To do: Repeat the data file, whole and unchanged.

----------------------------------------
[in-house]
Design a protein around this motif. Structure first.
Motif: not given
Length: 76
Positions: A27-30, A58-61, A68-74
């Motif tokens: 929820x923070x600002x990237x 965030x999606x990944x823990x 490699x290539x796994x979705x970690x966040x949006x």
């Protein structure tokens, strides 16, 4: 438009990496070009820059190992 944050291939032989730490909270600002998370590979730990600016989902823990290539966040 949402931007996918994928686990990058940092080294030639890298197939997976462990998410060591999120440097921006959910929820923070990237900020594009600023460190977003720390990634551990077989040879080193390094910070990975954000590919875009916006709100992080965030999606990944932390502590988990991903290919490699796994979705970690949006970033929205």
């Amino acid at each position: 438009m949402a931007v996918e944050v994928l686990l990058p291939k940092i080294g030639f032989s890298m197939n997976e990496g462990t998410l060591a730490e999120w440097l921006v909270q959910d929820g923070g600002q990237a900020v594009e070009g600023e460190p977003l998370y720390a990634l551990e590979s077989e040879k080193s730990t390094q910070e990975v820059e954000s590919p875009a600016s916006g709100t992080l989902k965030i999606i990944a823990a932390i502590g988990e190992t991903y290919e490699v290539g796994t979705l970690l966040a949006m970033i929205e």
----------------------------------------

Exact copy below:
[in-house]
Design a protein around this motif. Structure first.
Motif: not given
Length: 76
Positions: A27-30, A58-61, A68-74
């Motif tokens: 929820x923070x600002x990237x 965030x999606x990944x823990x 490699x290539x796994x979705x970690x966040x949006x």
């Protein structure tokens, strides 16, 4: 438009990496070009820059190992 944050291939032989730490909270600002998370590979730990600016989902823990290539966040 949402931007996918994928686990990058940092080294030639890298197939997976462990998410060591999120440097921006959910929820923070990237900020594009600023460190977003720390990634551990077989040879080193390094910070990975954000590919875009916006709100992080965030999606990944932390502590988990991903290919490699796994979705970690949006970033929205």
């Amino acid at each position: 438009m949402a931007v996918e944050v994928l686990l990058p291939k940092i080294g030639f032989s890298m197939n997976e990496g462990t998410l060591a730490e999120w440097l921006v909270q959910d929820g923070g600002q990237a900020v594009e070009g600023e460190p977003l998370y720390a990634l551990e590979s077989e040879k080193s730990t390094q910070e990975v820059e954000s590919p875009a600016s916006g709100t992080l989902k965030i999606i990944a823990a932390i502590g988990e190992t991903y290919e490699v290539g796994t979705l970690l966040a949006m970033i929205e």